Arkansas Stays Rich in Outdoor Recreation Activities
Arkansas’s gorgeous scenery has earned the state a well-deserved reputation as an outdoor enthusiast’s Shangri-la. And there’s no wonder why. Home to 600,000 acres of lakes, more than 9,000 miles of crystal-clear streams and rivers, two major mountain ranges and 52 state parks, Arkansas has something for everyone. Whether you seek tranquility, adventure or something in between, you’ll find it all in Arkansas.
Hit the Links
Arkansas’s mild climate provides for year-round golf, with more than 200 courses to choose from. Click here for a sample of some of the state’s best public and semi-private courses on The Natural State Golf Trail.
Ride a Bike
On mountain trails or secluded, scenic roads, biking is one of the best ways to get outdoors and see the beauty of Arkansas. Routes of varying difficulty are spread all across the state. Challenge the hills of the Ozarks or pedal across the entire state on rural roads that take you from one neat town to the next.
As a testament to the state’s commitment to biking, a $9.2 million pedestrian-bicycle bridge was completed in Little Rock in 2006. Dubbed the Big Dam Bridge (it stands over Murray Lock and Dam), it is the second-longest bridge of its type built in the country. It serves a vital link in the Arkansas River Trail, a 14-mile trail stretching from downtown Little Rock to Pinnacle Mountain State Park on the southern riverbank and from downtown North Little Rock to Cook’s Landing on the northern riverbank.
The Arkansas River Trail winds through wildlife habitats for scissortail flycatchers, groundhogs, quail and great blue herons. For those with physical disabilities, the river trail is also handicapped accessible, providing visitors with an opportunity to safely exercise and enjoy the great outdoors in a comfortable setting.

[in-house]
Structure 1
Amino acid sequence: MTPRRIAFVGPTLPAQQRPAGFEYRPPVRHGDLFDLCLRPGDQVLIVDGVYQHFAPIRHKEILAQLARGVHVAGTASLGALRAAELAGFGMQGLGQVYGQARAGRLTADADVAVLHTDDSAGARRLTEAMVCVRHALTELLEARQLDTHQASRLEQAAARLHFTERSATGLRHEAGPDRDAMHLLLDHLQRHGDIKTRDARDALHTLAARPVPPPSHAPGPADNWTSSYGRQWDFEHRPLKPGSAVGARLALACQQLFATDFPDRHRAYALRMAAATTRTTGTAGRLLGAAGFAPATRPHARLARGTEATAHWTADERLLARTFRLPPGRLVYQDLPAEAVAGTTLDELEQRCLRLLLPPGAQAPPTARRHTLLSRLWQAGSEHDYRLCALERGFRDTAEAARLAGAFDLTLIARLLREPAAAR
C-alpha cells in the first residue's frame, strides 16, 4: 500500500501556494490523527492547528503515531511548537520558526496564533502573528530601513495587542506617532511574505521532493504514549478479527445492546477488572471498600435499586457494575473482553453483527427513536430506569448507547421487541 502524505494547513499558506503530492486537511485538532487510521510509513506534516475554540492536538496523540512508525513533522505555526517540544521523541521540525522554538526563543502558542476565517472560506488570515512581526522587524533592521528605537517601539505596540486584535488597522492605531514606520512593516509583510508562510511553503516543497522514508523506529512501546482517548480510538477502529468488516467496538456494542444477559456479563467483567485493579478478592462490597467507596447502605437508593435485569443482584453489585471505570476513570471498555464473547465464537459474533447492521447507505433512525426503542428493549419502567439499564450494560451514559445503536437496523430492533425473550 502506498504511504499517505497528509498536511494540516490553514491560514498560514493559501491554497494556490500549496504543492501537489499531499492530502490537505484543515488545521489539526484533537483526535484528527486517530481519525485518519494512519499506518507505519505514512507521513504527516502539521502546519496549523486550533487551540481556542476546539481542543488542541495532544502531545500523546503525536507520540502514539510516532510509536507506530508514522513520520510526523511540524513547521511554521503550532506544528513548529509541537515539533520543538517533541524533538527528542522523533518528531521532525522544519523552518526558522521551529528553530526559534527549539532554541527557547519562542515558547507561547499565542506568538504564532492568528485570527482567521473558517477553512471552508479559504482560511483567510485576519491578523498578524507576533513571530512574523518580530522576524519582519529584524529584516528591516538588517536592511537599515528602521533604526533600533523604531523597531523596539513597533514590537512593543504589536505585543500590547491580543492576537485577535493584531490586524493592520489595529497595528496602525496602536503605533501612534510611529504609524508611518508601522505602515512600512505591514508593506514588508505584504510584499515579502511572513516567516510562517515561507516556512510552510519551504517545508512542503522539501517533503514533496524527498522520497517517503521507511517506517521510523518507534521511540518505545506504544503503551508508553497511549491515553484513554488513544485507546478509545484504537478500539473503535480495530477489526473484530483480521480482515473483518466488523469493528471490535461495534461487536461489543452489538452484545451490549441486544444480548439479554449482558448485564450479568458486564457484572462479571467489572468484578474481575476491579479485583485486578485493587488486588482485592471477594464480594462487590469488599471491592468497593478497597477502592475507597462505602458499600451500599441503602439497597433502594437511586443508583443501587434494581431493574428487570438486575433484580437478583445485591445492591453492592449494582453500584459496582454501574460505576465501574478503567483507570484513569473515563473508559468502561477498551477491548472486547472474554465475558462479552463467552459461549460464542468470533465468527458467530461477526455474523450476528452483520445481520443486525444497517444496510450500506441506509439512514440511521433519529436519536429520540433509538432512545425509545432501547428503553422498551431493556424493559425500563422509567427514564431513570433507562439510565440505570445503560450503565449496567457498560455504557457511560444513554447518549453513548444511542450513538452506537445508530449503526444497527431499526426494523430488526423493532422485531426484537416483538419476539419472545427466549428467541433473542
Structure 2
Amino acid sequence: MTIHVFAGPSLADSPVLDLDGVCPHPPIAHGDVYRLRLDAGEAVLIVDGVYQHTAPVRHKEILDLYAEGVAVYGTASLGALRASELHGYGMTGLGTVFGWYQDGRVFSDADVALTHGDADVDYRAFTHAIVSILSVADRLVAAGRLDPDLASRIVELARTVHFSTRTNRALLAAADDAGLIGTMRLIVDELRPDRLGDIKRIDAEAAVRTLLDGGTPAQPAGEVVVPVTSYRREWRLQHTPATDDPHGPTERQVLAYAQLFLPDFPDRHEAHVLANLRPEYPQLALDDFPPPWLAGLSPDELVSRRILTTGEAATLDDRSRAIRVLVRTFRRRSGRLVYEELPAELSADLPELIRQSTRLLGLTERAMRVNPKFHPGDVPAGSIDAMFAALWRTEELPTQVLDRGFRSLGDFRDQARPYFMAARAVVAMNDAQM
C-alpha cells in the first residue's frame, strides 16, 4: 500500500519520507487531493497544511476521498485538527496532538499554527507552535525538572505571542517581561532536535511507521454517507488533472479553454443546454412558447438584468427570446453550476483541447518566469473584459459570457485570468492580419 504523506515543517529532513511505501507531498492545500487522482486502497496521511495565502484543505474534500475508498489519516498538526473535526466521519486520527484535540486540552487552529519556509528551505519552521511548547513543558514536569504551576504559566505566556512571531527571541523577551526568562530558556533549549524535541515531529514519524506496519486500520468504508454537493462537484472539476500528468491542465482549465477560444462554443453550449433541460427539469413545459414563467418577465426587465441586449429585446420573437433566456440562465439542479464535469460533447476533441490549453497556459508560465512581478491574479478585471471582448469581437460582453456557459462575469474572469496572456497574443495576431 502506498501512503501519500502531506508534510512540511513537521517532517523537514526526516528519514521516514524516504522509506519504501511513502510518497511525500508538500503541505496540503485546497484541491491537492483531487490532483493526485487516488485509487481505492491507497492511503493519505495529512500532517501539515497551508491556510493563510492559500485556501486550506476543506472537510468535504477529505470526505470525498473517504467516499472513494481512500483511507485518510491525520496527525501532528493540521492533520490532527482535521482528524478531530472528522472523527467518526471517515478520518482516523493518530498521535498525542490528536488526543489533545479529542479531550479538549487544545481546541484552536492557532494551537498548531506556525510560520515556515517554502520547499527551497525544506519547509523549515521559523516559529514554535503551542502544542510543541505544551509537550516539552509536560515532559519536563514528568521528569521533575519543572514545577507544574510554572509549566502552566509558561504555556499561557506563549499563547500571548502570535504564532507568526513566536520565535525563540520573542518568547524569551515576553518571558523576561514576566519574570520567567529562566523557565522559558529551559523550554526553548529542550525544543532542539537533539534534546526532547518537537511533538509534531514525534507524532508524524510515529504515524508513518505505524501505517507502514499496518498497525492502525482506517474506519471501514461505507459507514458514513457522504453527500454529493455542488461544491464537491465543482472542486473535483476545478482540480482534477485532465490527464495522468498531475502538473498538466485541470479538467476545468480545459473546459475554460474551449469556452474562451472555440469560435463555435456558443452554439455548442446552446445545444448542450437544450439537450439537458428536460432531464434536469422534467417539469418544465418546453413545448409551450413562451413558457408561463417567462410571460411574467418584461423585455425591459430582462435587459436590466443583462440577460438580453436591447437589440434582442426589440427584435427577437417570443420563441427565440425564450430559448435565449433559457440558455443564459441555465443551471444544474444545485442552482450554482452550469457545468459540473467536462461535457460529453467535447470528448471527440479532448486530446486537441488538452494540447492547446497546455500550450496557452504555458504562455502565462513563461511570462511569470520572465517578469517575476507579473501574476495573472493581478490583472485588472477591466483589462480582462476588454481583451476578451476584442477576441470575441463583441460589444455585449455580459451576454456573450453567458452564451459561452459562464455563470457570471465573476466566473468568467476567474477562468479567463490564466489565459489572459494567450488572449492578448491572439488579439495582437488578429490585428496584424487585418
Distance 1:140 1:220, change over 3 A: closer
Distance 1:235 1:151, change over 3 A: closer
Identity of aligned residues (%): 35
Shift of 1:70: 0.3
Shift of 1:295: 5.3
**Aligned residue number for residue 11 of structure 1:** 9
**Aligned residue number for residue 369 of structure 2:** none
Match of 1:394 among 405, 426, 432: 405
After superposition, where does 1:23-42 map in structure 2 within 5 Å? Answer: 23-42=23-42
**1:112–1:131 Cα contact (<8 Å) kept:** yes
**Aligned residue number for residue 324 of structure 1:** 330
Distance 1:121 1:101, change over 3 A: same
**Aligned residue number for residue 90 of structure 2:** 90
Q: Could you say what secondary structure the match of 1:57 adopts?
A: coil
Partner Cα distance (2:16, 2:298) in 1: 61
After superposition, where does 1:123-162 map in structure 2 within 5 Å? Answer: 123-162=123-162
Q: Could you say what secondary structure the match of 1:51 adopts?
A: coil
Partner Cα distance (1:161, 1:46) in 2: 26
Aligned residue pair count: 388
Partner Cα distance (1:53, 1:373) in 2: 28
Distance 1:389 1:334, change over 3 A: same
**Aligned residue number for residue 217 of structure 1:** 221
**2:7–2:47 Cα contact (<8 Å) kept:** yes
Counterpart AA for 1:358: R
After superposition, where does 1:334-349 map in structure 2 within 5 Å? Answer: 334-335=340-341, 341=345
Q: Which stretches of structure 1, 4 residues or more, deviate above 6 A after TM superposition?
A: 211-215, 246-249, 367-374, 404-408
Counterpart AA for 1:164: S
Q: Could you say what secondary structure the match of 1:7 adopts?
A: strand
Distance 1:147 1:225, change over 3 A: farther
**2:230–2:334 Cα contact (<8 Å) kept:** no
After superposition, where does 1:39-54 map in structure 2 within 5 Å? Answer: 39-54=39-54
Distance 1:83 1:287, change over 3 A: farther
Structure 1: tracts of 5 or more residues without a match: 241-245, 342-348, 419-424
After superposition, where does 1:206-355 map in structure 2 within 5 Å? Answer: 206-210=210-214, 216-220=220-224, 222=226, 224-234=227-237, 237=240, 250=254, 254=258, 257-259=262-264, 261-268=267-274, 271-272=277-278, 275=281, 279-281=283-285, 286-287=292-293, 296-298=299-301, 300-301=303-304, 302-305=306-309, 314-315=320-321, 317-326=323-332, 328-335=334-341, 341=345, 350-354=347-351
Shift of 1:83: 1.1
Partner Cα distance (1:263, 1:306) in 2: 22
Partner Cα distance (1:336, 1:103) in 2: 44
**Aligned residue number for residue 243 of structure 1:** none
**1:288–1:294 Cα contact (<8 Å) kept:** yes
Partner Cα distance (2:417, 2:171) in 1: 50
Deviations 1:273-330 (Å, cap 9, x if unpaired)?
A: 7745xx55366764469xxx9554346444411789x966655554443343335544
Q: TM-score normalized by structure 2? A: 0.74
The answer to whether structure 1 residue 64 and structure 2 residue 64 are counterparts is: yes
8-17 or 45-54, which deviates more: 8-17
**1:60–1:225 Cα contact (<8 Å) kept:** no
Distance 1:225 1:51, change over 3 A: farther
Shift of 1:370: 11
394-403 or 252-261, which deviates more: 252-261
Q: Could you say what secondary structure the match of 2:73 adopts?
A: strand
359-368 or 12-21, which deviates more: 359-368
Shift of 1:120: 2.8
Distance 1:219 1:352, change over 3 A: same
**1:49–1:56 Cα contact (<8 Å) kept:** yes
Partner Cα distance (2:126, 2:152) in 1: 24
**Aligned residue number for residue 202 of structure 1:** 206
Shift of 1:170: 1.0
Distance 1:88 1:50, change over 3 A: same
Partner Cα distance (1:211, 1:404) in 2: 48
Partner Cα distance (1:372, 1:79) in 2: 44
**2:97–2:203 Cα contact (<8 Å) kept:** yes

Visit the Department of Parks & Tourism online at Arkansas.com, which catalogs hundreds of miles of biking routes along with all the helpful information you need to plan your trip.
Float a Stream
Roughly 150 miles long, the Buffalo National River has the distinction of being the nation’s first national river. Originating in the Boston Mountains, the river flows past sky-high bluffs, caves, waterfalls and canyons. Canoeing is possible all year on the Buffalo River except in the upper reaches, where it’s limited to the winter and spring months. For more information, call 870-741-5443.
The Big Piney Creek ranks among the best streams for floating in the state. The clear mountain stream has numerous rapids, and floaters pass an assortment of boulders – some house-sized – that have toppled into the creek.
The Mulberry River originates in the Ozark Mountains near Fallsville and has a reputation as one of the most challenging rivers for white-water rafting. Traditional floating months are late fall to June, but conditions vary according to local rainfall. For current conditions, call the U.S. Army Corps of Engineers’ river level recording at 501-324-5150.
The National Park Service describes the Cossatot River as “probably the most challenging” white-water float in the state, something the early Native Americans knew when they named it Cossatot, or “skull crusher.” Much of the river’s white water is not recommended for the inexperienced canoeist, and experienced river-runners should always check water levels in advance.
Bait a Hook